Distant supernova split four ways by gravitational lens

UC Berkeley Science News - Thu, 03/05/2015 - 12:00
Astronomers now use massive galaxies and clusters of galaxies as magnifying lenses to study the early universe, but until now had never observed the brief flash of a supernova. UC Berkeley postdoc Patrick Kelly found such a supernova in images taken last year by the Hubble Space Telescope, split into a rare Einstein Cross.

Probing bacterial immune system could help improve human gene editing

UC Berkeley Science News - Tue, 03/03/2015 - 09:28
Jennifer Doudna and James Nuñez are probing the CRISPR/Cas9-based immune system that bacteria have developed to prevent viruses from killing them, and have discovered how they “steal” genetic information from these foreign invaders to remember and attack them in the future. Doudna hopes this information will help to improve targeted gene editing in human and animal cells.

Anxious people more apt to make bad decisions amid uncertainty

UC Berkeley Science News - Mon, 03/02/2015 - 09:00
Highly anxious people have more trouble deciding how best to handle life’s uncertainties. They may even catastrophize, interpreting, say, a lover’s tiff as a doomed relationship or a workplace change as a career threat. Investigating this dynamic, scientists have found evidence of a glitch in the brain’s higher-order decision-making circuitry that could eventually be targeted in the treatment of anxiety disorders.

First detailed look at the guts of world’s smallest lifeforms

UC Berkeley Science News - Fri, 02/27/2015 - 13:47
UC Berkeley and Berkeley Lab scientist Jill Banfield and colleagues have for the first time snapped detailed microscopic photos of what may be the smallest forms of life on Earth: common bacteria that appear to pack their DNA very tightly. The team also sequenced the genomes of these strange bacteria.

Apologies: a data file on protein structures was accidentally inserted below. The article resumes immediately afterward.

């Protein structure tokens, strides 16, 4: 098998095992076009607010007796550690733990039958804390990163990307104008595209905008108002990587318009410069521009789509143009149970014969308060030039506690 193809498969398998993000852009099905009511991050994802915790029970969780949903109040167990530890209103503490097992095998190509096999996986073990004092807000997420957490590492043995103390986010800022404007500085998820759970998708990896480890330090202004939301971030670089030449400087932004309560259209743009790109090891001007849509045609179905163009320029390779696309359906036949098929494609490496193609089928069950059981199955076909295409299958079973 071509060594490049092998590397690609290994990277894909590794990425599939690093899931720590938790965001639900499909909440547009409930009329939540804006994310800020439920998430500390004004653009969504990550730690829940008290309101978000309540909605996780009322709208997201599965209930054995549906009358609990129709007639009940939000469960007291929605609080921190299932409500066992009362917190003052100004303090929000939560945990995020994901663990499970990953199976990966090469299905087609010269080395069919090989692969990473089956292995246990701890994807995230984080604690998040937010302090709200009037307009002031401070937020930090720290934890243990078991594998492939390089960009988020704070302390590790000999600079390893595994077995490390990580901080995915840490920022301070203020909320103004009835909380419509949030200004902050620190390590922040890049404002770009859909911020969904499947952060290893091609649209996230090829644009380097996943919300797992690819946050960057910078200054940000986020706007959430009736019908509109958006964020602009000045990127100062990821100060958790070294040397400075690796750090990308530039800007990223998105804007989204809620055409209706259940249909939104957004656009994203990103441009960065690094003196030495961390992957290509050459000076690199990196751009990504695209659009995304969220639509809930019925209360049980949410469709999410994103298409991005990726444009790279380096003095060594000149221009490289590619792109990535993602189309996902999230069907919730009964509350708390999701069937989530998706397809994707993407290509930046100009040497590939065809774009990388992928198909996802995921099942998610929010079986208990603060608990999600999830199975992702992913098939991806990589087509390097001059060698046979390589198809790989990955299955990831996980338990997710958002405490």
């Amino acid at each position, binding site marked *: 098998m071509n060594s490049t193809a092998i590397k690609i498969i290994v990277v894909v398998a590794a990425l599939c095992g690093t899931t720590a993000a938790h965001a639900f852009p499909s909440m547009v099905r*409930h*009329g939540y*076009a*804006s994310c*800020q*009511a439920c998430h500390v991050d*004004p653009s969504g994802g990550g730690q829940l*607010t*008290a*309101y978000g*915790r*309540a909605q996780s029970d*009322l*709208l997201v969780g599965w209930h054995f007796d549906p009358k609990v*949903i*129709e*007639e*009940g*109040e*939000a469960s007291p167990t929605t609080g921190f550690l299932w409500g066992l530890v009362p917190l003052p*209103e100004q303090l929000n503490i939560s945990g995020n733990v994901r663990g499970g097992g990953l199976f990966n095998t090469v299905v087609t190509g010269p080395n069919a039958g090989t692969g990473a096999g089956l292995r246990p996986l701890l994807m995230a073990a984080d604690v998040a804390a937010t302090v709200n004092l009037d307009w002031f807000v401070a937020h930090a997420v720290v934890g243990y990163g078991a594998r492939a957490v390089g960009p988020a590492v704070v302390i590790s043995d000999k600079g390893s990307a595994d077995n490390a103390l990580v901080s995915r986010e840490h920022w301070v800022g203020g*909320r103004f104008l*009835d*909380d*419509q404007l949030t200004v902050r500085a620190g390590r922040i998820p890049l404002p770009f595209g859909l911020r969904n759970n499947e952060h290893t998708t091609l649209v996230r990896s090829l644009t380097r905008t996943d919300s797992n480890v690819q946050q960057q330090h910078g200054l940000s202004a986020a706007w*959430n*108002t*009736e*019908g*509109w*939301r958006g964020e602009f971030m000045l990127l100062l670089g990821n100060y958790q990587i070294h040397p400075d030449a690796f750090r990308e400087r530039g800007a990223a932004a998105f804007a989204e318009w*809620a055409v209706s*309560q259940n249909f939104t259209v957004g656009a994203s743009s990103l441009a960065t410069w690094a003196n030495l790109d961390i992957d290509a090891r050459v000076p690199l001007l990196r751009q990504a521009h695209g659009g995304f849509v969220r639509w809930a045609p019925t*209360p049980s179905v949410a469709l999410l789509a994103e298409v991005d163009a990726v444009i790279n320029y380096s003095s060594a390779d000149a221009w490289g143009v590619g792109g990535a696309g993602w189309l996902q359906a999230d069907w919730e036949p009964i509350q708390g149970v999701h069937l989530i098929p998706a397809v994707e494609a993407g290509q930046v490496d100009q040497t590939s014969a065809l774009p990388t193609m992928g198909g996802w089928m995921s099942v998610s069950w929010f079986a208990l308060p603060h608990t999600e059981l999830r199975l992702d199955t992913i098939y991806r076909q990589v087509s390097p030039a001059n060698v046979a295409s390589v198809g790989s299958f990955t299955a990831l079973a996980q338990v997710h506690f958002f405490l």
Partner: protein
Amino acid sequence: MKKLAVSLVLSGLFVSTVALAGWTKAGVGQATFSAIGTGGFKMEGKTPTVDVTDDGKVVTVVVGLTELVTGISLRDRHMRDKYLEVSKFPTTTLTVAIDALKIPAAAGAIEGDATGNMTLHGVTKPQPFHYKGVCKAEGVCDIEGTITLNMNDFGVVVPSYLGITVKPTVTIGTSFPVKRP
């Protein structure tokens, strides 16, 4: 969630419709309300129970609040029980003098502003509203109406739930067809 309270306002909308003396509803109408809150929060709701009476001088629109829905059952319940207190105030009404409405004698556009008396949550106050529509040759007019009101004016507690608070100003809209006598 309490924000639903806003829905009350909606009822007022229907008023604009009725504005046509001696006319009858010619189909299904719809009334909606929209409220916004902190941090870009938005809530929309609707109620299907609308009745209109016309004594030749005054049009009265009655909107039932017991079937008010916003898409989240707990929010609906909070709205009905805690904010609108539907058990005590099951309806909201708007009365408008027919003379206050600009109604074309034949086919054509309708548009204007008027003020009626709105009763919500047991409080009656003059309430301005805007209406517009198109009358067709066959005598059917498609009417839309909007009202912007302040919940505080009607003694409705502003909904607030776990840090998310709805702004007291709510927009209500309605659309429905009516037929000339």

Bakar Fellow works to bring the invisible to light

UC Berkeley Science News - Fri, 02/27/2015 - 10:58
EECS professor Laura Waller is working on computational imaging methods for quantitative phase microscopy, which can be applied in a variety of scientific and industrial settings. Her work is supported by the Bakar Fellows Program for young faculty whose work holds commercial promise.

UC’s first Nobel Prize presented in Berkeley 75 years ago

UC Berkeley Science News - Fri, 02/27/2015 - 09:00
UC's first Nobel Prize was awarded in 1939 to Ernest Lawrence for the invention of the atom smasher, but the prize ceremony in Sweden was canceled because of looming war in Europe. So Sweden shipped the prize to San Francisco, and the Swedish consul general presented it to Lawrence on Feb. 29, 1940, during a special white-tie ceremony in Wheeler Hall.

Back to the future: Berkeley and the national parks start a second century of science

UC Berkeley Science News - Wed, 02/25/2015 - 15:23
A conference focusing on the science emphasis of the National Park Service’s centennial will take place March 25-27 at UC Berkeley, exactly a century after an historic conference on campus paved the way for the birth of the NPS. The conference is called "Science for Parks, Parks for Science: The Next Century."

Study IDs key birds that host Lyme disease bacteria in California

UC Berkeley Science News - Wed, 02/25/2015 - 12:00
A new UC Berkeley-led study has found that birds are more important than previously recognized as hosts for Lyme disease-causing bacteria in California. Small mammals have been identified in previous studies as wildlife hosts of the Lyme disease spirochete bacterium in California, but fewer studies have looked at the role of birds as reservoirs.